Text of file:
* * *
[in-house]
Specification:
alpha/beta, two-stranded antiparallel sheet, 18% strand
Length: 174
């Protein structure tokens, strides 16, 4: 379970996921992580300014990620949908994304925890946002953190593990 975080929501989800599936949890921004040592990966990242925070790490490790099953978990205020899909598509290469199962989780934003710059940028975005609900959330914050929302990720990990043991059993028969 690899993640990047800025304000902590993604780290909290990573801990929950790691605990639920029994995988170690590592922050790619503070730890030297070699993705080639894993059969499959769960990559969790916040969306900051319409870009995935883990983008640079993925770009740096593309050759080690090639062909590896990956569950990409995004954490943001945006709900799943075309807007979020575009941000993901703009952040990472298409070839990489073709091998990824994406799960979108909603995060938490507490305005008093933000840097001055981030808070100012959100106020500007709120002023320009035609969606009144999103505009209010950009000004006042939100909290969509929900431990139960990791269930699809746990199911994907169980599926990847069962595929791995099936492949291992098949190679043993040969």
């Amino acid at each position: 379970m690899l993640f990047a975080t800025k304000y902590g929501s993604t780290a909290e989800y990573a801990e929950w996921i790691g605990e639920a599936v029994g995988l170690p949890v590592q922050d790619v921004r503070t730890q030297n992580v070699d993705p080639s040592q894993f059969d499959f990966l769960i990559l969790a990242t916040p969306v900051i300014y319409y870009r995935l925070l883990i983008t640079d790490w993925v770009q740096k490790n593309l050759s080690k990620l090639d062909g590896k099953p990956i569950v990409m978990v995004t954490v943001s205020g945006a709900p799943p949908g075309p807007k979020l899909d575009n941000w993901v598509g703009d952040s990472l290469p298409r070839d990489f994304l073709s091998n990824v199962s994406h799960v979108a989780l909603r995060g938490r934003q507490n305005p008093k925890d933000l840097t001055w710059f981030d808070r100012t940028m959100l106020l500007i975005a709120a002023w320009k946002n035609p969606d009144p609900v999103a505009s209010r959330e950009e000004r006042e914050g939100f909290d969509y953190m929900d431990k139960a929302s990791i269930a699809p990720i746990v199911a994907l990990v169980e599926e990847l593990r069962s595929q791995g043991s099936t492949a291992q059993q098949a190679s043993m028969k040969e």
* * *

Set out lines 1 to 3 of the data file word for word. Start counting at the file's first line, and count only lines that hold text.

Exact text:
[in-house]
Specification:
alpha/beta, two-stranded antiparallel sheet, 18% strand